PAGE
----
Childhood & Early Life
Michael Dammann Eisner was born on March 7, 1942, in Mount Kisco, Westchester, New York, United States of America, to Margaret (nee, Dammann) and Lester Eisner Jr.
His was a wealthy Jewish family. His mother was the president of the 'Irvington Institute,' and his father was a lawyer and the regional administrator of the 'United States Department of Housing and Urban Development.' Eisner grew up with his sister, Margot Freedman.
The family lived on Park Avenue, Manhattan, New York. He attended the 'Allen-Stevenson School' in New York from kindergarten to ninth grade.
Michael Eisner graduated from 'The Lawrenceville School,' Lawrence Township, Mercer County, New Jersey, U.S.
At the age of 16, he worked as a camp counselor and made $100 in 8 weeks.
In 1964, he earned his BA degree in English, literature, and theater from the 'Denison University,' Granville, Ohio, U.S.
Michael Eisner went to the 'Keewaydin Canoe Camp' in his youth, and it had a tremendous influence on him and his career.
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Eisner took up a summer job as a page with the 'National Broadcasting Company,' an American radio and TV network. The company later absorbed him as a full-time employee.
He later moved to 'CBS,' another American radio and TV network, and started working in the programming department.
In 1966, Michael Eisner was hired by Barry Diller of the 'American Broadcasting Company.' He was then appointed as an assistant to the national programming director.
He was instrumental in ‘ABC’s rise from the number-three position to the top spot in the category of primetime, daytime, and children's shows, with highly popular shows such as 'Happy Days,' 'Laverne & Shirley,' 'Barney Miller,' 'Rich Man, Poor Man,' and 'Roots.'
His growth was mercurial. In 1971, Michael Eisner was promoted to the post of vice president for daytime programming. Five years later, he was made the senior vice president of primetime production and development.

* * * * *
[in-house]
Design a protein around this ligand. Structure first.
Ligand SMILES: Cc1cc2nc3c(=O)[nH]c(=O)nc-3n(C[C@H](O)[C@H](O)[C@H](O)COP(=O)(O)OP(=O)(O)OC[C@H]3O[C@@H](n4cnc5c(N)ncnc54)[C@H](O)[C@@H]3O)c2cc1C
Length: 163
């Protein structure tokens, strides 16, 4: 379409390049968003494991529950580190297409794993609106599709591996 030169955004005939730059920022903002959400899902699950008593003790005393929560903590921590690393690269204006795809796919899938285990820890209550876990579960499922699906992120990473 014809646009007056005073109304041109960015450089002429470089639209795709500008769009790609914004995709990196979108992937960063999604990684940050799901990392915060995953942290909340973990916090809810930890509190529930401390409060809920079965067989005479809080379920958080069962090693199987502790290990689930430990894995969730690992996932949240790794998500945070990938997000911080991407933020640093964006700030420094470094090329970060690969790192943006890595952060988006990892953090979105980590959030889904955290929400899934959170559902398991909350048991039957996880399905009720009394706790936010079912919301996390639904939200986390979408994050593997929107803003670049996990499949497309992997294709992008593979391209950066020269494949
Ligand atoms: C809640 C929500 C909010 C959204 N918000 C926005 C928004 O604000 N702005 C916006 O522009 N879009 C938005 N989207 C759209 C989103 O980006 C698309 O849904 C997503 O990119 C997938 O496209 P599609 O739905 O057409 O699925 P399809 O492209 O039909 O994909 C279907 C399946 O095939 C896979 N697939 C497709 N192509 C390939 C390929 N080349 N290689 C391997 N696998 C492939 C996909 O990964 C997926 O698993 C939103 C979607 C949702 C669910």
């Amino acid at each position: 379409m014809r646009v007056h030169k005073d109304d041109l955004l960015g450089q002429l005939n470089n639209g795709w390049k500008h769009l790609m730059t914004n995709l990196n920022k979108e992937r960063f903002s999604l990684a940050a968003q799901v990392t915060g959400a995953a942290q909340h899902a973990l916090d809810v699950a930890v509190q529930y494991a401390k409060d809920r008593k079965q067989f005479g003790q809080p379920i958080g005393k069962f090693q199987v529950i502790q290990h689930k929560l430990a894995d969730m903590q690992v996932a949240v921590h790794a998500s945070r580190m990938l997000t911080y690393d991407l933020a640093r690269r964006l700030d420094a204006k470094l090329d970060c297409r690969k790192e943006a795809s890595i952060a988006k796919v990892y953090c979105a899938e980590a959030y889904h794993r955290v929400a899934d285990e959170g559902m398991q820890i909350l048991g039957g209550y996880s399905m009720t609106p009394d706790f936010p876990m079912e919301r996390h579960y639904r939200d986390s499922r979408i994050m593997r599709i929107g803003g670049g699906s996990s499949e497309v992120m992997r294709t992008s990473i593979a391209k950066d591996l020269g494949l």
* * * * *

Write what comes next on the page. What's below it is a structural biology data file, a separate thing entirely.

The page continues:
By 1976, Diller had become the chairman of 'Paramount Pictures Corporation.' He recruited his protégé, Eisner, to serve as the president and CEO of the company’s movie studio.
During his tenure with ‘Paramount,’ the studio made many commercially successful and highly acclaimed movies such as 'Saturday Night Fever,' 'Grease,' Star Trek movie Franchise,' Airplane,' 'American Gigolo,' 'Ordinary People,' 'Raiders of the Lost Ark,' 'An Officer and a Gentleman' 'Flashdance,' 'Terms of Endearment,' 'Beverly Hills Cop,' and 'Footloose.' The success of the movies catapulted ‘Paramount’ to the number-one spot among movie studios, in terms of revenue-making.
The TV wing of ‘Paramount,’ too, did quite well under him, through sitcoms such as 'Cheers' and 'Family Ties' and the syndicated entertainment newsmagazine 'Entertainment Tonight.’
After Diller quit ‘Paramount’ as its studio chief on September 30, 1984, Michael Eisner was hoping to replace him. However, he was rejected by the management.
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The same year, Michael Eisner was hired by Roy E. Disney and Sid Richardson Bass, as the CEO and chairman of the board of 'The Walt Disney Company.'
In 1987, Michael Eisner started presenting the company's flagship anthology TV series 'The Wonderful World of Disney.' He hosted the show until 2002 and soon became a household name. He was especially popular with children. People identified him as the face of the ‘Disney’ brand.